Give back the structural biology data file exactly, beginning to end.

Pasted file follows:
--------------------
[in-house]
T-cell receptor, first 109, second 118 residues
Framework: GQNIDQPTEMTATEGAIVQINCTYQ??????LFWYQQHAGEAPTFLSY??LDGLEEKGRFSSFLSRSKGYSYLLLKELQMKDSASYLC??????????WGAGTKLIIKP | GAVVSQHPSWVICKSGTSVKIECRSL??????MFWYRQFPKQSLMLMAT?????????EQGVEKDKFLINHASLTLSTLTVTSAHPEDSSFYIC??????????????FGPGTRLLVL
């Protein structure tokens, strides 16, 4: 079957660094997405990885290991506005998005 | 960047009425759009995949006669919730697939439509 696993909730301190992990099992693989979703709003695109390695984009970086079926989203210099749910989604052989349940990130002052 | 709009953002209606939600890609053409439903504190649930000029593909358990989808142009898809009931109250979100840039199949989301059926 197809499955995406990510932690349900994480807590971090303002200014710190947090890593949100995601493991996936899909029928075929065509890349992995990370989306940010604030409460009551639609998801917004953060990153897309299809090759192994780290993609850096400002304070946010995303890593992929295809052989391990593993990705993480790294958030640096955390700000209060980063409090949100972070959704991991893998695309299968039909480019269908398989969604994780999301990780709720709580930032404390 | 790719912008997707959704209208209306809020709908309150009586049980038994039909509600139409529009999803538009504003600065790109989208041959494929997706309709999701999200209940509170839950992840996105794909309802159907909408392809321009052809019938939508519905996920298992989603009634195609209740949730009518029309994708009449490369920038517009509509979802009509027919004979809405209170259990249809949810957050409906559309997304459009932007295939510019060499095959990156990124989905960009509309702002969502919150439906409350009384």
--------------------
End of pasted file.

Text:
[in-house]
T-cell receptor, first 109, second 118 residues
Framework: GQNIDQPTEMTATEGAIVQINCTYQ??????LFWYQQHAGEAPTFLSY??LDGLEEKGRFSSFLSRSKGYSYLLLKELQMKDSASYLC??????????WGAGTKLIIKP | GAVVSQHPSWVICKSGTSVKIECRSL??????MFWYRQFPKQSLMLMAT?????????EQGVEKDKFLINHASLTLSTLTVTSAHPEDSSFYIC??????????????FGPGTRLLVL
């Protein structure tokens, strides 16, 4: 079957660094997405990885290991506005998005 | 960047009425759009995949006669919730697939439509 696993909730301190992990099992693989979703709003695109390695984009970086079926989203210099749910989604052989349940990130002052 | 709009953002209606939600890609053409439903504190649930000029593909358990989808142009898809009931109250979100840039199949989301059926 197809499955995406990510932690349900994480807590971090303002200014710190947090890593949100995601493991996936899909029928075929065509890349992995990370989306940010604030409460009551639609998801917004953060990153897309299809090759192994780290993609850096400002304070946010995303890593992929295809052989391990593993990705993480790294958030640096955390700000209060980063409090949100972070959704991991893998695309299968039909480019269908398989969604994780999301990780709720709580930032404390 | 790719912008997707959704209208209306809020709908309150009586049980038994039909509600139409529009999803538009504003600065790109989208041959494929997706309709999701999200209940509170839950992840996105794909309802159907909408392809321009052809019938939508519905996920298992989603009634195609209740949730009518029309994708009449490369920038517009509509979802009509027919004979809405209170259990249809949810957050409906559309997304459009932007295939510019060499095959990156990124989905960009509309702002969502919150439906409350009384």